Requirements for Using Custom Classes in Data Caching
Follow these guidelines to use custom domain classes for your cached entry keys and values.
CLASSPATH must include classes for all objects the member accesses.
- For Java applications, use the standard Java
- For the cache server process, use the
CLASSPATHenvironment variable or the
gfsh start server’s
--classpathparameter. See Running Geode Server Processes.
Data is sent between clients and servers in serialized form and the server stores client data in serialized form. The server does not need to deserialize data to send it to another client or to access it through a
PDXInstance, but it does need to deserialize it to access it in other ways. The server
CLASSPATH must include the classes for:
- All entry keys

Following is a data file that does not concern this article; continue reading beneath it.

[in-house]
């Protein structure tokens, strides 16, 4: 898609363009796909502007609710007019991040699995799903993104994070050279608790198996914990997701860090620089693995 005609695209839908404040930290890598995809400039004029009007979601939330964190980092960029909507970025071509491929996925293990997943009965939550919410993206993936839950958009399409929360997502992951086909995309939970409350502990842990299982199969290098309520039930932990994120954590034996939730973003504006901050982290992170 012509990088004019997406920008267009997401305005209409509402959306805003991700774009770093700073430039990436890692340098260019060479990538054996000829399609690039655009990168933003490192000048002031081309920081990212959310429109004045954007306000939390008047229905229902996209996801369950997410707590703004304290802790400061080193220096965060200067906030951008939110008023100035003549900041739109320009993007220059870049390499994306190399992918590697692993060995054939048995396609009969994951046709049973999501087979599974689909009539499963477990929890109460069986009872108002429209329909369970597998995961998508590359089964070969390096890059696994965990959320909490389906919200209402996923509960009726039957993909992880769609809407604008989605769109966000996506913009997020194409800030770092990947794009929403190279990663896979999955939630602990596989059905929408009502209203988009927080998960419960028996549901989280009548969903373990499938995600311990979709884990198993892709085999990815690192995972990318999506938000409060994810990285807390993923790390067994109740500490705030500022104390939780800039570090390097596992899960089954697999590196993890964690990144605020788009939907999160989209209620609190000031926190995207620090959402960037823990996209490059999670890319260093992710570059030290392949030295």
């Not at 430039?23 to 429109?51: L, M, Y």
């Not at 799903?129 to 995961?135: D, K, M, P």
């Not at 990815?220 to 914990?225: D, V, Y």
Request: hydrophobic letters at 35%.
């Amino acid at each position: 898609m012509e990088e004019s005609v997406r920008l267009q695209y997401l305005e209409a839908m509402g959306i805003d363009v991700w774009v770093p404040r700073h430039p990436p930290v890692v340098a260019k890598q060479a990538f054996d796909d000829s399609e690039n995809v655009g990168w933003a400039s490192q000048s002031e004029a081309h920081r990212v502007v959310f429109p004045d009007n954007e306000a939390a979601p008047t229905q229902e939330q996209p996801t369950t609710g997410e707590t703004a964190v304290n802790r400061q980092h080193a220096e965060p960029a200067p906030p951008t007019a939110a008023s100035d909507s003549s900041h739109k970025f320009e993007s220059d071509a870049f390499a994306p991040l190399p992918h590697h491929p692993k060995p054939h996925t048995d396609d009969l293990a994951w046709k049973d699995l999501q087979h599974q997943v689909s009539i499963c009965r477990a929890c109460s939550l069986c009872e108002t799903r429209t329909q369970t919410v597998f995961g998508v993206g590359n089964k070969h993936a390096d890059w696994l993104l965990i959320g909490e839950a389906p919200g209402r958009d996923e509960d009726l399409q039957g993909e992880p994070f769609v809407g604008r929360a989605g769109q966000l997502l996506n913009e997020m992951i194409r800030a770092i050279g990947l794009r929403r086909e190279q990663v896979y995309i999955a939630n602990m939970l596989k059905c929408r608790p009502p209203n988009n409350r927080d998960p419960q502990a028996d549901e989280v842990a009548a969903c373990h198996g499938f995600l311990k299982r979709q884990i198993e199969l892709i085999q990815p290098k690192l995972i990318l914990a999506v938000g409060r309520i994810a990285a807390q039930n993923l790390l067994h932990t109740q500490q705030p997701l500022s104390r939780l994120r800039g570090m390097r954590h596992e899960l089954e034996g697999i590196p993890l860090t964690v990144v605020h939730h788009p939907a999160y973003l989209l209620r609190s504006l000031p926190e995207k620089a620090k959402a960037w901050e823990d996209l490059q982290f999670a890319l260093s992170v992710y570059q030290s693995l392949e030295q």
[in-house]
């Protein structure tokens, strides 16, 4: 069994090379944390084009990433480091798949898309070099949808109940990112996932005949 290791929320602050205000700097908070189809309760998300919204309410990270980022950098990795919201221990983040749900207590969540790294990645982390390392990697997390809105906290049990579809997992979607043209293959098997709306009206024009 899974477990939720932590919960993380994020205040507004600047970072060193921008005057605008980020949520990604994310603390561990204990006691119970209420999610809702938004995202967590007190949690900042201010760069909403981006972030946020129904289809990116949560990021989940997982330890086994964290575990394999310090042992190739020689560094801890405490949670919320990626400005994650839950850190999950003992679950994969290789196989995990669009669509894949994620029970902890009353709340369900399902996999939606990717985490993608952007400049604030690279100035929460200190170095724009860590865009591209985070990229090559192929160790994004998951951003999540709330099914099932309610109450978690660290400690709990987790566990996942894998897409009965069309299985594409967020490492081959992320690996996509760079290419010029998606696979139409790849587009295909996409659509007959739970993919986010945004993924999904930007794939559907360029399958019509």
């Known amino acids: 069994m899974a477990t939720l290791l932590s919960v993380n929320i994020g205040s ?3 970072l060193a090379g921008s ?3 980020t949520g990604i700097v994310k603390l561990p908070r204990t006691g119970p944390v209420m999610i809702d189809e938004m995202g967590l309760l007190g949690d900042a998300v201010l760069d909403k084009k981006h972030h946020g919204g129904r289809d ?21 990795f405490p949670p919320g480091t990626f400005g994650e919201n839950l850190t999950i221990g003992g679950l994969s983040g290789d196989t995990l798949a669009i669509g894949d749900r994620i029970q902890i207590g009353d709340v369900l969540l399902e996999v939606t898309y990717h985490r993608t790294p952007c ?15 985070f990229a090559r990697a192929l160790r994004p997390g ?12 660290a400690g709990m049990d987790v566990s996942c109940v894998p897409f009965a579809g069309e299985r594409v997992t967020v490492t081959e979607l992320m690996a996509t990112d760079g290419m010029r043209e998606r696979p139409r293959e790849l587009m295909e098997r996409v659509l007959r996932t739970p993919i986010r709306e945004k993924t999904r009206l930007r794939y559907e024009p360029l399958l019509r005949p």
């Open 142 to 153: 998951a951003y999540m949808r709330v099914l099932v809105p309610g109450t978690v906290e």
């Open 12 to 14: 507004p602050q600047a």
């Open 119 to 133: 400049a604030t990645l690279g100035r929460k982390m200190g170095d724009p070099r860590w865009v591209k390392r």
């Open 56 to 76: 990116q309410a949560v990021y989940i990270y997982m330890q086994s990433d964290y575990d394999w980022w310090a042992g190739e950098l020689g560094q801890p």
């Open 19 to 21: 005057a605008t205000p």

- Entry values in regions that the server persists to disk
- Entry values the server accesses for any reason other than access using a
PdxInstanceor transfer of the full entry value to a client
For information on
PdxInstances, see Data Serialization.
Geode serializes data entry keys and values for distribution, so all data that Geode moves out of the local cache for any reason must be serializable. Additionally, partitioned regions store data in serialized form. Almost every configuration requires serialization.
For information on the requirements and options for data serialization, see Data Serialization.
The region uses hashing on keys. If you define a custom class to use as a key, for the class, override:
hashCode. The default
Objectuses identity, which is different in every system member. In partitioned regions, hashing based on identity puts data in the wrong place. For details, see the Java API documentation for
Do not call
hashCode() on an
enum type data member
within the key’s custom
hashCode() may not be overridden,
and its hash is based upon an address.
Therefore, an enumerated type’s
hashCode() return value can be different
on each server, violating the restriction that
hashCode() must return
the same value on every server that hosts the region.